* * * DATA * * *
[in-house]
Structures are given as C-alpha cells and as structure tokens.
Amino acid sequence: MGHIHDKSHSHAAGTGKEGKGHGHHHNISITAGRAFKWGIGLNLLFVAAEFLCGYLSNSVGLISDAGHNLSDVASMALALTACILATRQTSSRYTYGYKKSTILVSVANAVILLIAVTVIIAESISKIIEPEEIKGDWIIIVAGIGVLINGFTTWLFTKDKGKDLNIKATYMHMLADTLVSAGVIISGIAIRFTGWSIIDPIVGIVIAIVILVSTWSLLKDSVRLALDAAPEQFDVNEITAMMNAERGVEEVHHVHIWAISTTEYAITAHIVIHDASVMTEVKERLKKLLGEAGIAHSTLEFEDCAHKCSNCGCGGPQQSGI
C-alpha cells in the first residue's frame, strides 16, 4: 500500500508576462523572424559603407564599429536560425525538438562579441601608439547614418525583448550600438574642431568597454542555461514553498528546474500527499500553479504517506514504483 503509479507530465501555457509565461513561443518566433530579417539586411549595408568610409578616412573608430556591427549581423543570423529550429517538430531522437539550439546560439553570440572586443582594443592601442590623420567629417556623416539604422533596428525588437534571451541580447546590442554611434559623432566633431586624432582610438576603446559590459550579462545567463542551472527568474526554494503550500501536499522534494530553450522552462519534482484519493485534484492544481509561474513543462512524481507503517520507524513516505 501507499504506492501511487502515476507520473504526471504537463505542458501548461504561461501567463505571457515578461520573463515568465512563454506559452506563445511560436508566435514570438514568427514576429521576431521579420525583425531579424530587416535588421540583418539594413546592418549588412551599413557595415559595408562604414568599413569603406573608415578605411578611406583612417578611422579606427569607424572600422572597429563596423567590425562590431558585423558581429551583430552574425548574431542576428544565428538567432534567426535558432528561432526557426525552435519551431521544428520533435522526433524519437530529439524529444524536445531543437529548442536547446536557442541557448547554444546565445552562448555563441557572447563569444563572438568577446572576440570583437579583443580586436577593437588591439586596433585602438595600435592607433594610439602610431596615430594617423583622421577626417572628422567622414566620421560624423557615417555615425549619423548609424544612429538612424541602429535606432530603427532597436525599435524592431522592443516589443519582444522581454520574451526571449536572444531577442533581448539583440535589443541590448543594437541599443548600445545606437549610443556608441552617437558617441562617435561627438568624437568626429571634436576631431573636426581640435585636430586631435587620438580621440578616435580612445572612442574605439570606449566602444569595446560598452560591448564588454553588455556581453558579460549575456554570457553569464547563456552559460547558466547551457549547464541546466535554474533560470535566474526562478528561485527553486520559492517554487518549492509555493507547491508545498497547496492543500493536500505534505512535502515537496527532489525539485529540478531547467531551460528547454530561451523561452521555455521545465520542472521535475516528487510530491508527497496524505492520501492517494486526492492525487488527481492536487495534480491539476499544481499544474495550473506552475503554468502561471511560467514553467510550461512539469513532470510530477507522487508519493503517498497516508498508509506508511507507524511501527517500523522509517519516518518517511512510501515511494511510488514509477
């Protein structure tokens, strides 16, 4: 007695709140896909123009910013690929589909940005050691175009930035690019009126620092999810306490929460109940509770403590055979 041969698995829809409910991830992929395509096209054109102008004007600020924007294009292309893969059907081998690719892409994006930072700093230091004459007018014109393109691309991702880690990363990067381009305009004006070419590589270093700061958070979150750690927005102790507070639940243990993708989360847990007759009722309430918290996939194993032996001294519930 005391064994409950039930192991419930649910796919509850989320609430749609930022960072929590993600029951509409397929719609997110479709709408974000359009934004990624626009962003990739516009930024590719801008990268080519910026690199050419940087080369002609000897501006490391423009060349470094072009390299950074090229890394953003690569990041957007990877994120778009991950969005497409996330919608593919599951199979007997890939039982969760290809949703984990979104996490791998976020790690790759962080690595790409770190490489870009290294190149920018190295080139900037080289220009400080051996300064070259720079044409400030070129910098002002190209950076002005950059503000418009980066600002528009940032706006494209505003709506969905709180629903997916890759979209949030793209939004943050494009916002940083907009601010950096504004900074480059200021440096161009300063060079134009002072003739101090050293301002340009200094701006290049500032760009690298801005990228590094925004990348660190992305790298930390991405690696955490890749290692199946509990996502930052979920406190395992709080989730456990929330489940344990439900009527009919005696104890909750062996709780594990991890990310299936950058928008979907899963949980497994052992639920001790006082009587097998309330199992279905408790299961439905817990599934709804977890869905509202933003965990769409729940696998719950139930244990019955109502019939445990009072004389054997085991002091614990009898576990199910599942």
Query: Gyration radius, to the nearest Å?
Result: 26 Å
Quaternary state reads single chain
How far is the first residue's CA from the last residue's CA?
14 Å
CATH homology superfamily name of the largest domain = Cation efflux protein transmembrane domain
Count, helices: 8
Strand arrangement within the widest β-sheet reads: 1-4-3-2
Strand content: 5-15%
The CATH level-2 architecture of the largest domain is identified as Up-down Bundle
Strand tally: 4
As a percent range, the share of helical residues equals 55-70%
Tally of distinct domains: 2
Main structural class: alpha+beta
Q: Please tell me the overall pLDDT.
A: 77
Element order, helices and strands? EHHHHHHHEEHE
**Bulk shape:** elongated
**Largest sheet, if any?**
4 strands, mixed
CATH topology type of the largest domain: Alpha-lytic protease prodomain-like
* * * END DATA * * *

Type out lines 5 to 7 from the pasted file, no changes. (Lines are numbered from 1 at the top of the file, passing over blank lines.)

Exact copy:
């Protein structure tokens, strides 16, 4: 007695709140896909123009910013690929589909940005050691175009930035690019009126620092999810306490929460109940509770403590055979 041969698995829809409910991830992929395509096209054109102008004007600020924007294009292309893969059907081998690719892409994006930072700093230091004459007018014109393109691309991702880690990363990067381009305009004006070419590589270093700061958070979150750690927005102790507070639940243990993708989360847990007759009722309430918290996939194993032996001294519930 005391064994409950039930192991419930649910796919509850989320609430749609930022960072929590993600029951509409397929719609997110479709709408974000359009934004990624626009962003990739516009930024590719801008990268080519910026690199050419940087080369002609000897501006490391423009060349470094072009390299950074090229890394953003690569990041957007990877994120778009991950969005497409996330919608593919599951199979007997890939039982969760290809949703984990979104996490791998976020790690790759962080690595790409770190490489870009290294190149920018190295080139900037080289220009400080051996300064070259720079044409400030070129910098002002190209950076002005950059503000418009980066600002528009940032706006494209505003709506969905709180629903997916890759979209949030793209939004943050494009916002940083907009601010950096504004900074480059200021440096161009300063060079134009002072003739101090050293301002340009200094701006290049500032760009690298801005990228590094925004990348660190992305790298930390991405690696955490890749290692199946509990996502930052979920406190395992709080989730456990929330489940344990439900009527009919005696104890909750062996709780594990991890990310299936950058928008979907899963949980497994052992639920001790006082009587097998309330199992279905408790299961439905817990599934709804977890869905509202933003965990769409729940696998719950139930244990019955109502019939445990009072004389054997085991002091614990009898576990199910599942």
Query: Gyration radius, to the nearest Å?
Result: 26 Å